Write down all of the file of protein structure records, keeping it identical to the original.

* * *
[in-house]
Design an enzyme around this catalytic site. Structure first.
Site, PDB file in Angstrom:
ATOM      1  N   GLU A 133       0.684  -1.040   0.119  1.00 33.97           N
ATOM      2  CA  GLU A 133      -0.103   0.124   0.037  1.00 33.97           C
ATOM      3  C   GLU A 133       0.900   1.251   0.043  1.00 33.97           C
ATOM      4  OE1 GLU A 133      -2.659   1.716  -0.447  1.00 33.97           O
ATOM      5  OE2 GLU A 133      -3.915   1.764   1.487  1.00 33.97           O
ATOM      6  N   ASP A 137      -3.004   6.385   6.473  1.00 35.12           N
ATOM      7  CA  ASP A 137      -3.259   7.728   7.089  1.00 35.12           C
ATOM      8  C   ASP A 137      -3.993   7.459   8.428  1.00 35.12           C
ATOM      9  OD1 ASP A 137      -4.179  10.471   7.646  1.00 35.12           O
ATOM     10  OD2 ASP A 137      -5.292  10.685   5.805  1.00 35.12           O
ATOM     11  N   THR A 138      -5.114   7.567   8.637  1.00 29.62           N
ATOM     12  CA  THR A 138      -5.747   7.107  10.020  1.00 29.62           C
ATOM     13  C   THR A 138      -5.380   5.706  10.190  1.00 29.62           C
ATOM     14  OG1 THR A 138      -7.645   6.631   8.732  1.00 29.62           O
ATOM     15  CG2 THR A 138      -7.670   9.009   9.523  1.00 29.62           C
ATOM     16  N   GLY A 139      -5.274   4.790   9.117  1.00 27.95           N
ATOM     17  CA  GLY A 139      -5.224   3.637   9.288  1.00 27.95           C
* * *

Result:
[in-house]
Design an enzyme around this catalytic site. Structure first.
Site, PDB file in Angstrom:
ATOM      1  N   GLU A 133       0.684  -1.040   0.119  1.00 33.97           N
ATOM      2  CA  GLU A 133      -0.103   0.124   0.037  1.00 33.97           C
ATOM      3  C   GLU A 133       0.900   1.251   0.043  1.00 33.97           C
ATOM      4  OE1 GLU A 133      -2.659   1.716  -0.447  1.00 33.97           O
ATOM      5  OE2 GLU A 133      -3.915   1.764   1.487  1.00 33.97           O
ATOM      6  N   ASP A 137      -3.004   6.385   6.473  1.00 35.12           N
ATOM      7  CA  ASP A 137      -3.259   7.728   7.089  1.00 35.12           C
ATOM      8  C   ASP A 137      -3.993   7.459   8.428  1.00 35.12           C
ATOM      9  OD1 ASP A 137      -4.179  10.471   7.646  1.00 35.12           O
ATOM     10  OD2 ASP A 137      -5.292  10.685   5.805  1.00 35.12           O
ATOM     11  N   THR A 138      -5.114   7.567   8.637  1.00 29.62           N
ATOM     12  CA  THR A 138      -5.747   7.107  10.020  1.00 29.62           C
ATOM     13  C   THR A 138      -5.380   5.706  10.190  1.00 29.62           C
ATOM     14  OG1 THR A 138      -7.645   6.631   8.732  1.00 29.62           O
ATOM     15  CG2 THR A 138      -7.670   9.009   9.523  1.00 29.62           C
ATOM     16  N   GLY A 139      -5.274   4.790   9.117  1.00 27.95           N
ATOM     17  CA  GLY A 139      -5.224   3.637   9.288  1.00 27.95           C